Archive for August, 2012

GirlieView (08/23/2012)

Thursday, August 23rd, 2012

Have you taken our reader survey yet? If not, please do, it’s important to hear from you so we can make this site be what YOU want it to be! Despite a suggestion posed this week, there’s no I in VFTB. I know, I know, there’s no U in VFTB either, but trust me, it really is all about YOU!

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GirlieView Definitions

  • Lizzie = A funny, timely quote made on the VFTB site by our writers or commenters.
  • Lizard = The best Lizzie.
  • MVL = Most Valuable Lizzie’er: The person with the most Lizzies in the period under review (usually the past two weeks)
  • Top 10 of 2012 = The folks with the most aggregate Lizzie points YTD (1 point for every Lizzie, 3 points for every Lizard)

As you already know, this is all completely subjective and according to my whims. Let’s go!

Lizzies

  • Nothing much to see here.
  • My goal for this recap is to write it in the same amount of time as the Cubs have scored runs during their eight game losing streak.
  • In an unrelated note, I glanced at the recipe title and honestly thought it said church “panties”.
  • Mrs. Obvious has church panties…they aren’t among my favorites.
  • Blaming Lizzie is like blaming the ump because you lost the game – just saying…
  • That’s a whole bunch of unhatched chickens you’re counting there.
  • Jackson is very selective. He just has issues having the bat meet the ball.
  • I won’t spend much time with the doom and gloom, because despite having to recap another wrong side of a shutout I do believe the future of the organization is a bright one.
  • What is your SSN, ATM pin code, and Mother’s maiden name…
  • Bosco
  • I heard you recently dined with cap’n Obvious…is he as dreamy as I’ve heard
  • He is…he even bought my dinner. I made sure that all he got on the first date was a thank you and a handshake, though.
  • 7 days of penicillin is still a good idea.
  • You have to make subtle changes to your email address so the gravitar does not give away the fact that your are referring to yourself as dreamy.
  • A slap fight between laughingstocks. Hooray!
  • He’s a puffy shirt and a parrot away from appearing in the next Pirates of the Caribbean movie.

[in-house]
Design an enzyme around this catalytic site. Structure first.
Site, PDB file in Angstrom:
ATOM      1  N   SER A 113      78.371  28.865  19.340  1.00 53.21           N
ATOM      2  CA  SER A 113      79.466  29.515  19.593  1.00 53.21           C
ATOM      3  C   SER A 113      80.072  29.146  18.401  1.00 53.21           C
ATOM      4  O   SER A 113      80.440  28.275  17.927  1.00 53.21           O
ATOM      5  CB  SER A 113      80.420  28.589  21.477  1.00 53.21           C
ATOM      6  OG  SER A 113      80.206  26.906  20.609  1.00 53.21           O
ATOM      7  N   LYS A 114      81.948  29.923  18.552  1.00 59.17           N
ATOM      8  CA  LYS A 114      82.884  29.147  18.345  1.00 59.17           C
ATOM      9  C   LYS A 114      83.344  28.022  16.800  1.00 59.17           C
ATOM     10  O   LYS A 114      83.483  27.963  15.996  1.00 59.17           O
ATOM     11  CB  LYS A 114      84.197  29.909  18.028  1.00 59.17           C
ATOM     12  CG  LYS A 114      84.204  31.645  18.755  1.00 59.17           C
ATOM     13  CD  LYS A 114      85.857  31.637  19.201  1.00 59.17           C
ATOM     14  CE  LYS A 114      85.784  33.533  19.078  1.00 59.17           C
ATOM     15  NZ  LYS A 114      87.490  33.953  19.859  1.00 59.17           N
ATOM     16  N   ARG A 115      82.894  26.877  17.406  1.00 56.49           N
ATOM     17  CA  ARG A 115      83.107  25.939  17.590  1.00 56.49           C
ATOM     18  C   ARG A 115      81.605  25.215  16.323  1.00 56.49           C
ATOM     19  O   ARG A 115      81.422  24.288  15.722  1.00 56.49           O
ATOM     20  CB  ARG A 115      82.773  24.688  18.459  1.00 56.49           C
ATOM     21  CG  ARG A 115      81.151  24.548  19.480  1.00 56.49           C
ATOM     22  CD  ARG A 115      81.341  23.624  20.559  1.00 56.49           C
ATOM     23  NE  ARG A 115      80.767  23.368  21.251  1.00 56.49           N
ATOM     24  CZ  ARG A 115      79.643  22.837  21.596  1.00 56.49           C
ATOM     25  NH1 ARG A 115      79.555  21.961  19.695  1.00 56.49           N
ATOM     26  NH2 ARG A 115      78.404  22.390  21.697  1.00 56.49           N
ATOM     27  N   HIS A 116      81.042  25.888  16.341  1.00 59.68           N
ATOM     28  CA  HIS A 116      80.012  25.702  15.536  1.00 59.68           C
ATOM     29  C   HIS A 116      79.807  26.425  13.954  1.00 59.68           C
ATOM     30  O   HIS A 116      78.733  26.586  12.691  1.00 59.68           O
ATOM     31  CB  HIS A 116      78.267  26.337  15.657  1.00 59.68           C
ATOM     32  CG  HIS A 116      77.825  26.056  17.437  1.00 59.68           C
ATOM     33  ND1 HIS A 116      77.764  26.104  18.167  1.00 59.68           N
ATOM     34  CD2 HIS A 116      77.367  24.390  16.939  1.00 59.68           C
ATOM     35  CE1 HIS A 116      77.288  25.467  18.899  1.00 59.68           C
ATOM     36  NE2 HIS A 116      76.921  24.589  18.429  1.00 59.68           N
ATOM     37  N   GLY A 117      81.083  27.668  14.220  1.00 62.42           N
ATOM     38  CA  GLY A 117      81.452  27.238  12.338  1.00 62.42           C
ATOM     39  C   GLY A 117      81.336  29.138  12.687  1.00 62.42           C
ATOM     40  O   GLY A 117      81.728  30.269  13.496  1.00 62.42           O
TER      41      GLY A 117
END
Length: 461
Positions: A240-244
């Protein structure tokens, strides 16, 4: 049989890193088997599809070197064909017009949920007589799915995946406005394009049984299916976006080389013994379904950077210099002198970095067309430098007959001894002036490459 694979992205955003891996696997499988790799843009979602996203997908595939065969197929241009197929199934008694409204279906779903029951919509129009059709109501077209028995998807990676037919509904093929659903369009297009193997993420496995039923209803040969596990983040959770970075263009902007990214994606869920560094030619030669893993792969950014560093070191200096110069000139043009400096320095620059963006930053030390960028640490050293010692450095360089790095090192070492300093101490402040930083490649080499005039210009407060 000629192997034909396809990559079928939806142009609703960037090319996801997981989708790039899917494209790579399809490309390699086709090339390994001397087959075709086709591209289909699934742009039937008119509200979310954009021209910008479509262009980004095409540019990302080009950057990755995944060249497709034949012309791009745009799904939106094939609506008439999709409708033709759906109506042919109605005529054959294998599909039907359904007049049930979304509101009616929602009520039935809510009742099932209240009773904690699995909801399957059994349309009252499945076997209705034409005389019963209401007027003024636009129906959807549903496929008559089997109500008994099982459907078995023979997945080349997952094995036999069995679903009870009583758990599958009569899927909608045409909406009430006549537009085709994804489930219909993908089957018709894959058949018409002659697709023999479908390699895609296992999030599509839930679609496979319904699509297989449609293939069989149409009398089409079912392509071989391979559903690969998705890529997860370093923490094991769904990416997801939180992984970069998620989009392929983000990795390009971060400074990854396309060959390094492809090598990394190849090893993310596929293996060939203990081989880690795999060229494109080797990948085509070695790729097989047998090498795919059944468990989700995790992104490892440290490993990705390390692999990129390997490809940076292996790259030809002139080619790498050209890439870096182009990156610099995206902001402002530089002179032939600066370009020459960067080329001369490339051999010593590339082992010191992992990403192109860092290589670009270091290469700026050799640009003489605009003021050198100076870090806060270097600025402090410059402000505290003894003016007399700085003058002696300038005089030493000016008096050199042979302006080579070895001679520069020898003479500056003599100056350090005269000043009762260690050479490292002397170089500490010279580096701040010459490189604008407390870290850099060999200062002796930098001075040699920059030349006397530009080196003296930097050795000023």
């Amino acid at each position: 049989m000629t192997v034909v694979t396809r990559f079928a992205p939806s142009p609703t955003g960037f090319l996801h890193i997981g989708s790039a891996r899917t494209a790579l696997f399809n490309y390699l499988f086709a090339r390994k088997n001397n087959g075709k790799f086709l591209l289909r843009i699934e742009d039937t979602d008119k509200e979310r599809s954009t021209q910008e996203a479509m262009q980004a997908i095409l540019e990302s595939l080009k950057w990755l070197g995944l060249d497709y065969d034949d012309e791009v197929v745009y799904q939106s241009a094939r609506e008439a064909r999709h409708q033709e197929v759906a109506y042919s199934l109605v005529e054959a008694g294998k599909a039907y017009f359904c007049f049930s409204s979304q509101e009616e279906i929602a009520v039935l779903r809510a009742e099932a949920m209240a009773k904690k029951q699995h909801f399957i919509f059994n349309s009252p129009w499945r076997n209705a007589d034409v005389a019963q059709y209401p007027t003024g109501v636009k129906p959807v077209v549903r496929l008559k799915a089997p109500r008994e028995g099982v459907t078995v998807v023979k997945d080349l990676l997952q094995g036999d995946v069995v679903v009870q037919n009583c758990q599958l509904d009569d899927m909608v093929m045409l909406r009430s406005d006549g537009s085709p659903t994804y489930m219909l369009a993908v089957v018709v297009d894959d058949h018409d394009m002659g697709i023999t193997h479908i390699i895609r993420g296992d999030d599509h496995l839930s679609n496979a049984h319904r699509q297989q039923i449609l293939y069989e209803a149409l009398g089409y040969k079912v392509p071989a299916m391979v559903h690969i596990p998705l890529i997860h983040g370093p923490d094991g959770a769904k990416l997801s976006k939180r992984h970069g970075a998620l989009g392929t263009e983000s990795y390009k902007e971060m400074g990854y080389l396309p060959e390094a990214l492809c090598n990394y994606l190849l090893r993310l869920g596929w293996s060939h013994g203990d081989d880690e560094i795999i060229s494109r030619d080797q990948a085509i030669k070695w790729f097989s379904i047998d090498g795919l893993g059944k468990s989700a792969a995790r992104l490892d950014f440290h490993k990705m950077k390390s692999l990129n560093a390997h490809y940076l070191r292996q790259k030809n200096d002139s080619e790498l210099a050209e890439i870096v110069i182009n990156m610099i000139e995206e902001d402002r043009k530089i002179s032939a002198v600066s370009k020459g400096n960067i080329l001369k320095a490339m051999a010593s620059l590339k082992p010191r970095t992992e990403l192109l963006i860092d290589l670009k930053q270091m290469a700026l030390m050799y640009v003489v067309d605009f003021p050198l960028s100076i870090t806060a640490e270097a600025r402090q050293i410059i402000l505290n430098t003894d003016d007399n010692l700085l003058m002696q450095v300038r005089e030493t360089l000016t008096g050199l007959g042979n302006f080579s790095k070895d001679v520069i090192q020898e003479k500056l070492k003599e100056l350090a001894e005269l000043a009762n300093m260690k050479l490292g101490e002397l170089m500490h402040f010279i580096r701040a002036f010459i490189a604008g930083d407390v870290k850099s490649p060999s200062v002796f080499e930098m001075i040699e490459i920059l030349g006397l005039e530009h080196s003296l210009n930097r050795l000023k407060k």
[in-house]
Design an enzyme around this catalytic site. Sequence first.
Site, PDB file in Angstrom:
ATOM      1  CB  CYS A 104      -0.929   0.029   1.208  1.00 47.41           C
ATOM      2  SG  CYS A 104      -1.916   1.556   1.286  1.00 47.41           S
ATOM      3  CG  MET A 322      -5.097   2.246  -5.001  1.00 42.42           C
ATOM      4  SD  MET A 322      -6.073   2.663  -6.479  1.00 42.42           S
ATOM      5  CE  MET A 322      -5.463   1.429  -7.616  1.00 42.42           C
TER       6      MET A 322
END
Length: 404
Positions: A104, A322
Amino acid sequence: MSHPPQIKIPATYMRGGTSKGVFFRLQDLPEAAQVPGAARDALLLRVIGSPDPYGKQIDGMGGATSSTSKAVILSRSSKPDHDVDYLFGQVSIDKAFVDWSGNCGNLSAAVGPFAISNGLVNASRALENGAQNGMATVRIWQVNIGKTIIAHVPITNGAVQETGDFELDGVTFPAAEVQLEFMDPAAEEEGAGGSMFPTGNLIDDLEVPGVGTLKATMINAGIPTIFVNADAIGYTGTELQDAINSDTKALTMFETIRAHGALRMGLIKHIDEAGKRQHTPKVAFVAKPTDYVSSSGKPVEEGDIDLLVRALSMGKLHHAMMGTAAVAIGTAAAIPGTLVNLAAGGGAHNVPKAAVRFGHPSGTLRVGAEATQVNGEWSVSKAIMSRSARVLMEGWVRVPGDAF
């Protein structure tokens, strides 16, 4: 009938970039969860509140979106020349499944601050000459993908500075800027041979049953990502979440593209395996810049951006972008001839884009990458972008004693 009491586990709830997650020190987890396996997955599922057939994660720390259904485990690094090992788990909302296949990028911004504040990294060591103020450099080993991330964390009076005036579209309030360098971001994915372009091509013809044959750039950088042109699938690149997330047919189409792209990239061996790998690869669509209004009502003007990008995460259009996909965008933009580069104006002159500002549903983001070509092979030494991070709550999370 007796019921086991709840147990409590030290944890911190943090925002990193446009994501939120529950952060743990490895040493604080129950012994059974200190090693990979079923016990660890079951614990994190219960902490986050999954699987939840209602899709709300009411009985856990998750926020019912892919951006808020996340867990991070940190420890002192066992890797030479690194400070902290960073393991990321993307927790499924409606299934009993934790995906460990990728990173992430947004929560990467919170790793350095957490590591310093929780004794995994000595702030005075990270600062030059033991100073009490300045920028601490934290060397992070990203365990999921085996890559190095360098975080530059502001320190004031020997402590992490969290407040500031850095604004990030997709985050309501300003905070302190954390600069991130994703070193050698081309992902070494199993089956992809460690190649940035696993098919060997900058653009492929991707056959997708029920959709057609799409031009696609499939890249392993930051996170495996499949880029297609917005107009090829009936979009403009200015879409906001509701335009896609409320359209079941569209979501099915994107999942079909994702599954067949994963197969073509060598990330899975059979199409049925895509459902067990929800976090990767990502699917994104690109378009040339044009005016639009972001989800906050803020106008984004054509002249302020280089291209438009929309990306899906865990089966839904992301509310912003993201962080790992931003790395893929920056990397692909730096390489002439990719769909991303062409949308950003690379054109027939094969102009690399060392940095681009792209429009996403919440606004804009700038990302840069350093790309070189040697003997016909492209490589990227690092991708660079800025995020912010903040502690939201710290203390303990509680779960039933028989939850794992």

• And a jersey away from appearing in a film as Jeff Sharxx.
  • He be aight.
  • Only 47 more to go
  • that’s only 0-1 for Jeremiah, while it’s a big goose egg on the season for Volstad…
  • and I doubt if Jeremiah is in danger of being jeered and sent back to the minors for his goose egg.
  • What is the minors equivalent for the sports blog world? Would I just be scrawling out angry, anti-Cardinals graffiti in bathroom stalls? ‘Cause I already spend a fair amount of time doing that.
  • You get sent to Randy’s camp to blog about the likes of Seymour and other aging professionals playing a very slow bastardized version of the greatest game of baseball.
  • “Player Profile: the pitching machine”, “Top 5 Raking Doctors (and Optometrists) at Camp”, “Game 3: Who Ordered Subway?”
  • View From The Iowa Cubs Bleachers (VFTICB) could use a guy like JJ.
  • That acronym looks like a disease.
  • he chewed his gum like a hooker in a bad 80′s movie.
  • I bet a cheese steak in February that they would finish under 60 wins, so I’m sticking with 59-103 (even though I’m no longer in Philly to collect my winnings).
  • Barry Bonds was unavailable for comment.
  • Rock Shoulders
  • it doesn’t look like Vogelbach will have broccoli listed as a plus-tool anytime soon.
  • the chimp in the caption looks eerily like Doc Raker when he is deep in thought.
  • I was wondering about that chimp.
  • You should be wondering about Raker..
  • That’s a bunch of hooey since I have never been deep in thought.
  • Can we lose the hyphen and use a guttural pronunciation?  Call him Hram – it’ll give us a discreet way of clearing our throats too.
  • Don’t we want to try to keep the new readers around, instead of criticizing the very first thing they say? You know, just a thought…
  • I’d start to worry none of you liked me if no one explained what an idiot I was in the first week.
  • TE: Look at who we’ve brought in as part of our team, Oneri. We’ve got Jed here. Dale’s doing a hell of a job. We brought Jason in when we got here. Tim just got a big promotion. Not a lot of Oneris on that list are there Jed. JH: No sir, not a lot of Oneris.
  • trade Austin Bibbens-Dirkx, let some other team deal with those ridiculous hyphenated names.
  • What would you say, you DO here?
  • I’m telling you, I’ve got people skills! What is wrong with you people?
  • Geez – Can’t a guy make a hypothetical comment about a  hypothetical write-up without getting the hypothetical crap beat out of him by the hypothetical Johnsons?
  • I think you may have just coined my next fantasy football team name: Hypothetical Johnsons.
  • Sounds like we won’t be trading for Jared Saltalamachia any time soon.
  • I fear that The Shark is not long for the team.  However, his first name is Jeff…  Wellington Castillo had better not buy a house.  Tell him to rent.
  • What was Prior doing for the Red Sox, was he a beer vendor?
  • So far not so good for “the Shark.” Didn’t somebody tell him it’s “Shark Week?”
  • He’s angling to switch his nickname to Bait.
  • Jeff Samardzija is just a guy who has nicknamed himself and happens to be the best starter in a really crappy rotation.
  • game two gave my small sidekick and I some interesting talking points to kick around in the baby bjorn
  • I’m sure even Koyie Hill had 22 good at bats somewhere along the line.
  • even a blind squirrel finds a nut every now and then
  • I just want an end to Vitters hitting 2nd.  It’s like we start the game with one out in the first.
  • Thanks to you and Mrs. Butts for the recon.  I hope you call her that by the way.